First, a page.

If you have been to the Port Campbell National Park on land, you would have probably taken a look at The Blowhole. It has a thrust of water that stupefies the mind rushing into it. The thrust crashes into rock and reef and ends up wetting all spectators. The Blowhole is the result of constant erosion of the sea against the limestone cliffs, along with the seepage of surface rain water cutting through the limestone cliffs which have caused it to cave in over the tunnel that the ocean has been carving. The Blowhole is particularly loud, as one can hear the waves churn through the chamber of the blowhole and resonate against its limestone walls. Of course, if that is happening you can't dive this site.
When you are on the millpond (which happens about three times a year in this area) find a crack in the cliff near where The Blowhole is situated, jump in, have a look around, then, if it is safe to do so, head into the cave entrance.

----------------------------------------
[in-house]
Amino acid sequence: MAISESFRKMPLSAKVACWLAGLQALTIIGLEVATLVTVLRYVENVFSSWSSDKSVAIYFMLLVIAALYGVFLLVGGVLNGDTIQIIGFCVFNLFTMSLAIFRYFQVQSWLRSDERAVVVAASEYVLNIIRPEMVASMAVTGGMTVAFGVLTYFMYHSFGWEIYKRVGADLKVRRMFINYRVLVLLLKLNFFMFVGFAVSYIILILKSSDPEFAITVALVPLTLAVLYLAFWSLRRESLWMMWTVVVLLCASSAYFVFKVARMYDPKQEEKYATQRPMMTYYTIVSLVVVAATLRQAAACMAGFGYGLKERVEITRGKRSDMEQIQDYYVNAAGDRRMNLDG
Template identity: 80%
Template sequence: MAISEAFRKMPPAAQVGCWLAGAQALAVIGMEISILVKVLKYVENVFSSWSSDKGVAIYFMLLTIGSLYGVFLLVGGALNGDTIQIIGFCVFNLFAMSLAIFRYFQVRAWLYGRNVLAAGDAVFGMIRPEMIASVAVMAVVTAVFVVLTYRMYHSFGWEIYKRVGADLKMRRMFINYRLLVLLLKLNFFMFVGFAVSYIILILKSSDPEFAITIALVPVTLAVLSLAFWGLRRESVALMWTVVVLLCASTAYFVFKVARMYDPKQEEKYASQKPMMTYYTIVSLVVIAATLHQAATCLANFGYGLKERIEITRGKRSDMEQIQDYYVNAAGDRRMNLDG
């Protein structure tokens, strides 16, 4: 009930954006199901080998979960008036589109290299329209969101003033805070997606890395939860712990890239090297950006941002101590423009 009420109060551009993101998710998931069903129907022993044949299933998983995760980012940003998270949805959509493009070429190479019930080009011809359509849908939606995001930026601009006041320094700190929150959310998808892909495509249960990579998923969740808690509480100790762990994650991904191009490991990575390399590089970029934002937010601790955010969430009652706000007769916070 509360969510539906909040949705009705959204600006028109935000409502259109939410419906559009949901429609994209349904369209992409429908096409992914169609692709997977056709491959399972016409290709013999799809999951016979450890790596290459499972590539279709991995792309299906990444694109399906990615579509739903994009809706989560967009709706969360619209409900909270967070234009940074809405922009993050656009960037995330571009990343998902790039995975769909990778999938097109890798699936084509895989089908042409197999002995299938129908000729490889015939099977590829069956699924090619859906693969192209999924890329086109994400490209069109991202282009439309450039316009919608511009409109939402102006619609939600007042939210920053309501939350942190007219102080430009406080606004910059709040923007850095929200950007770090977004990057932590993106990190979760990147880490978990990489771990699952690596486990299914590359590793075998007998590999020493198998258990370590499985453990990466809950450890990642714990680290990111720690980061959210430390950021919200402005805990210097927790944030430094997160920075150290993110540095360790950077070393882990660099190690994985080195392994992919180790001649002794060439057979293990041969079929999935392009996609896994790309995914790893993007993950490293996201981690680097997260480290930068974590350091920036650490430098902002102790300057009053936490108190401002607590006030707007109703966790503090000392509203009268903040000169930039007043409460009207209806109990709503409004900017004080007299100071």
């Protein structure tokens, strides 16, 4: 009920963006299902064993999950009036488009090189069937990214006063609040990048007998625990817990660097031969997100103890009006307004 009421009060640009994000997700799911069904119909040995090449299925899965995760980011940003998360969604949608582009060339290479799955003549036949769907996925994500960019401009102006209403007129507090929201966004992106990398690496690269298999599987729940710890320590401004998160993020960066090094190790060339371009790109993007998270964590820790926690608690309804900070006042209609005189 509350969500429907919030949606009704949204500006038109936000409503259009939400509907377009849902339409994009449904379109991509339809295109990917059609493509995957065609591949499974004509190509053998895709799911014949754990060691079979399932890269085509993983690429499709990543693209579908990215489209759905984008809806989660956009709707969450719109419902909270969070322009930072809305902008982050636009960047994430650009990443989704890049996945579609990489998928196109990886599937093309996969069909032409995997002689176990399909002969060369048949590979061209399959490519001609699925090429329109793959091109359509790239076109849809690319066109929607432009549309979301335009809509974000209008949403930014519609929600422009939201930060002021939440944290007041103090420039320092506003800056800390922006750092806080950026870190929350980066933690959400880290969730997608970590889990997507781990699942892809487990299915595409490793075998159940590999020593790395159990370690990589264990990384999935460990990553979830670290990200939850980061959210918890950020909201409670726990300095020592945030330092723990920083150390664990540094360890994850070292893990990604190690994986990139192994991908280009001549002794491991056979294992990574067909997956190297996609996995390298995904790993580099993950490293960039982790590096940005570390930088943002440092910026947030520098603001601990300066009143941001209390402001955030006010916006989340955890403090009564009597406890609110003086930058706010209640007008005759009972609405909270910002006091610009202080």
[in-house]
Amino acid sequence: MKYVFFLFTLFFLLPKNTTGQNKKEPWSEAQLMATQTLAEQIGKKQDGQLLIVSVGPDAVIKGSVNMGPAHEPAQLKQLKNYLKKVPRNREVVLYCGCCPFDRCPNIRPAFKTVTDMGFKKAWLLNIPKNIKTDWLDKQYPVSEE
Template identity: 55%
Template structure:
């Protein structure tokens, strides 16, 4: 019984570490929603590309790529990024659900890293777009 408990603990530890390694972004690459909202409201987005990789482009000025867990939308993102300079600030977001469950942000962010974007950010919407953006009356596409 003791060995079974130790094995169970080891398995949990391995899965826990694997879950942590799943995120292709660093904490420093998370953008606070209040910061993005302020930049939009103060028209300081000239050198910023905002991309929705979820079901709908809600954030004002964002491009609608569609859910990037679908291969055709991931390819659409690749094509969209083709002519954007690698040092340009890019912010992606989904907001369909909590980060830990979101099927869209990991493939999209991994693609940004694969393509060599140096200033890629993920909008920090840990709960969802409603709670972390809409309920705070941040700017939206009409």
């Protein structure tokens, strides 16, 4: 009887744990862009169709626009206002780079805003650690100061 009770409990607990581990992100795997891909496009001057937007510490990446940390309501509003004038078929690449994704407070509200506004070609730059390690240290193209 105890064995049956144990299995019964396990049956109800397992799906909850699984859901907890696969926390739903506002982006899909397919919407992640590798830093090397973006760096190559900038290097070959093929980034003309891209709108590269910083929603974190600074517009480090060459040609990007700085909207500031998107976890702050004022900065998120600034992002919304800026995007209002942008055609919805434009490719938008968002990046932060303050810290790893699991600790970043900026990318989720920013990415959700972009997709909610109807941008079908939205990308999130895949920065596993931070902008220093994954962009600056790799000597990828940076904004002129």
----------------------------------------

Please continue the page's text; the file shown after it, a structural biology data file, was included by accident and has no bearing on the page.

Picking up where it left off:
Swim on the surface or on the bottom through the chasm. You will see where all the big crayfish come from as the entire wall of the chasm is covered with baby crayfish just waiting to get out into open water. Move up the cave and into the main area of The Blowhole. Expect some dumb looks from tourists. Now... the best and most amazing bit.
If you carry on north-east and into the opposite end of the blowhole you will enter a cavern that is at least 50 metres long, 40 metres wide, and 20 metres high. Dependent on the tide you can swim under a rock and end up in a totally sealed off room. It has a small beach you can get up on an take you gear off and feel like Jules Verne for a while... quite exciting and not many people have been here. A great dive and a great experience.
Dive Type: Reef Dive
Imported from The Scuba Doctor